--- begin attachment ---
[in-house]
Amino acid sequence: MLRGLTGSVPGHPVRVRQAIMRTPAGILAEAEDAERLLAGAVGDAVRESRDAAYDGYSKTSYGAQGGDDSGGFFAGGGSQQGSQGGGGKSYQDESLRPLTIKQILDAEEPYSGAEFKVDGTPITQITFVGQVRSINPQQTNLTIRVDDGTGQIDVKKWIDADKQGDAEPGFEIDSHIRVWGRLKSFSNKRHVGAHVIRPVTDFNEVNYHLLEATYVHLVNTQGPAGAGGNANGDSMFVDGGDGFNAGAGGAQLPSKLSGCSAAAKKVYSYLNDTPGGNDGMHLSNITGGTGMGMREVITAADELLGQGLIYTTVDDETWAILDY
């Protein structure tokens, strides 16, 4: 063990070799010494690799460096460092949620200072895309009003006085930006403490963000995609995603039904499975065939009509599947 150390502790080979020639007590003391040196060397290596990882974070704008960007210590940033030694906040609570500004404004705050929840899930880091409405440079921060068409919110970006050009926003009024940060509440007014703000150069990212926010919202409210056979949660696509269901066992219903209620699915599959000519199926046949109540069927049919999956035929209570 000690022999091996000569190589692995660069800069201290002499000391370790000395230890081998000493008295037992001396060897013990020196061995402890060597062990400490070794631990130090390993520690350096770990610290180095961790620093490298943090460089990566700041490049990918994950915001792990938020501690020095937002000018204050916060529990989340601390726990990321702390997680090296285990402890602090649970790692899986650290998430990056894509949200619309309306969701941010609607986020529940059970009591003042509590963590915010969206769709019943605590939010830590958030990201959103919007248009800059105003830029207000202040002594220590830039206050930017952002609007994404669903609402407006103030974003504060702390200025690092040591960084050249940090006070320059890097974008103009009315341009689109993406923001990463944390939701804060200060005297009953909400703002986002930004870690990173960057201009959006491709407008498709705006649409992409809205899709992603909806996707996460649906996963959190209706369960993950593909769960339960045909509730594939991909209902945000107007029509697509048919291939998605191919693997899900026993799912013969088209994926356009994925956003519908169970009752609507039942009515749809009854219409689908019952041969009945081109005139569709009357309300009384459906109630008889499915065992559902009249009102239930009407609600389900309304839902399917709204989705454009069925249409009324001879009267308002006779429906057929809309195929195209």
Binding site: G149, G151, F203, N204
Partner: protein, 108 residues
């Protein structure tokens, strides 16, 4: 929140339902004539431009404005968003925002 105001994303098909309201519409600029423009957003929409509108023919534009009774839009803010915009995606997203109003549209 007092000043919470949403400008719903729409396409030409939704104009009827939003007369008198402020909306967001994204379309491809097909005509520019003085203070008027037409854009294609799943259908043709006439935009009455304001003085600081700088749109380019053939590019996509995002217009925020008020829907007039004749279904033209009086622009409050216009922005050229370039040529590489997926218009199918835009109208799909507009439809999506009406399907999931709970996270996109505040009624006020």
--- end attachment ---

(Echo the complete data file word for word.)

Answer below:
[in-house]
Amino acid sequence: MLRGLTGSVPGHPVRVRQAIMRTPAGILAEAEDAERLLAGAVGDAVRESRDAAYDGYSKTSYGAQGGDDSGGFFAGGGSQQGSQGGGGKSYQDESLRPLTIKQILDAEEPYSGAEFKVDGTPITQITFVGQVRSINPQQTNLTIRVDDGTGQIDVKKWIDADKQGDAEPGFEIDSHIRVWGRLKSFSNKRHVGAHVIRPVTDFNEVNYHLLEATYVHLVNTQGPAGAGGNANGDSMFVDGGDGFNAGAGGAQLPSKLSGCSAAAKKVYSYLNDTPGGNDGMHLSNITGGTGMGMREVITAADELLGQGLIYTTVDDETWAILDY
């Protein structure tokens, strides 16, 4: 063990070799010494690799460096460092949620200072895309009003006085930006403490963000995609995603039904499975065939009509599947 150390502790080979020639007590003391040196060397290596990882974070704008960007210590940033030694906040609570500004404004705050929840899930880091409405440079921060068409919110970006050009926003009024940060509440007014703000150069990212926010919202409210056979949660696509269901066992219903209620699915599959000519199926046949109540069927049919999956035929209570 000690022999091996000569190589692995660069800069201290002499000391370790000395230890081998000493008295037992001396060897013990020196061995402890060597062990400490070794631990130090390993520690350096770990610290180095961790620093490298943090460089990566700041490049990918994950915001792990938020501690020095937002000018204050916060529990989340601390726990990321702390997680090296285990402890602090649970790692899986650290998430990056894509949200619309309306969701941010609607986020529940059970009591003042509590963590915010969206769709019943605590939010830590958030990201959103919007248009800059105003830029207000202040002594220590830039206050930017952002609007994404669903609402407006103030974003504060702390200025690092040591960084050249940090006070320059890097974008103009009315341009689109993406923001990463944390939701804060200060005297009953909400703002986002930004870690990173960057201009959006491709407008498709705006649409992409809205899709992603909806996707996460649906996963959190209706369960993950593909769960339960045909509730594939991909209902945000107007029509697509048919291939998605191919693997899900026993799912013969088209994926356009994925956003519908169970009752609507039942009515749809009854219409689908019952041969009945081109005139569709009357309300009384459906109630008889499915065992559902009249009102239930009407609600389900309304839902399917709204989705454009069925249409009324001879009267308002006779429906057929809309195929195209």
Binding site: G149, G151, F203, N204
Partner: protein, 108 residues
């Protein structure tokens, strides 16, 4: 929140339902004539431009404005968003925002 105001994303098909309201519409600029423009957003929409509108023919534009009774839009803010915009995606997203109003549209 007092000043919470949403400008719903729409396409030409939704104009009827939003007369008198402020909306967001994204379309491809097909005509520019003085203070008027037409854009294609799943259908043709006439935009009455304001003085600081700088749109380019053939590019996509995002217009925020008020829907007039004749279904033209009086622009409050216009922005050229370039040529590489997926218009199918835009109208799909507009439809999506009406399907999931709970996270996109505040009624006020």